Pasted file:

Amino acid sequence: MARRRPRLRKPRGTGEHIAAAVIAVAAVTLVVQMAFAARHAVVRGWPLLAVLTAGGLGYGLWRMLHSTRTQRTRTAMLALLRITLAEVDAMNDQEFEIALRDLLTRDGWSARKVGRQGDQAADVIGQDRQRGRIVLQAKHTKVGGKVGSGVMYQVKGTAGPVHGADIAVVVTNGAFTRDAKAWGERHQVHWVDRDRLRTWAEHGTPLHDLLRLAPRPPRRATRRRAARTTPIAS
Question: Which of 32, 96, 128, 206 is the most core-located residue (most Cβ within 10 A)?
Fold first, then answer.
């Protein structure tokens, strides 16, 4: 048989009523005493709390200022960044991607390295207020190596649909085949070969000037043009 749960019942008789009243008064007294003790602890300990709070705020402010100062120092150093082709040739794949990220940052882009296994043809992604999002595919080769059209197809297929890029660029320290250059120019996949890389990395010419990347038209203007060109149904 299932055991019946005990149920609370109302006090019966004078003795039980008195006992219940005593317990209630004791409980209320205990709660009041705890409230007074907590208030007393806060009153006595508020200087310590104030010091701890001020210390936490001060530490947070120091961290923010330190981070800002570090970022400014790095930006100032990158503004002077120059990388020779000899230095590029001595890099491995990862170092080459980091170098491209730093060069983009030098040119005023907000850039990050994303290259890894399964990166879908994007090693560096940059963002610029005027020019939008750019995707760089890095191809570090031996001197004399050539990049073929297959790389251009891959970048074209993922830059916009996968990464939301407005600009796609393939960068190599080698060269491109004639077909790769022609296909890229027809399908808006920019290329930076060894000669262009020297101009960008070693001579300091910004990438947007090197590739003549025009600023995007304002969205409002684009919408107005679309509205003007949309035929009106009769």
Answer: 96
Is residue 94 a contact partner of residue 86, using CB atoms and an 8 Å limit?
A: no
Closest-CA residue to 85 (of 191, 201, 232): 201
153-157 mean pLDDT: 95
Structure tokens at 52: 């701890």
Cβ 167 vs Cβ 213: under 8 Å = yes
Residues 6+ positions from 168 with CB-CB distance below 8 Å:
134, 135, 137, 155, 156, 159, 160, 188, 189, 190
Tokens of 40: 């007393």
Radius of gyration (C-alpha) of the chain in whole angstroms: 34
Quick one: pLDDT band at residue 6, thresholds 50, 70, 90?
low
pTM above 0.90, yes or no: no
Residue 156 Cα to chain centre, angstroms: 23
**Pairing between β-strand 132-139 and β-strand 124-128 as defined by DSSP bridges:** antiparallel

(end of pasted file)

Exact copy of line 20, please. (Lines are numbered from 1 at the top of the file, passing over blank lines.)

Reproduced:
**Pairing between β-strand 132-139 and β-strand 124-128 as defined by DSSP bridges:** antiparallel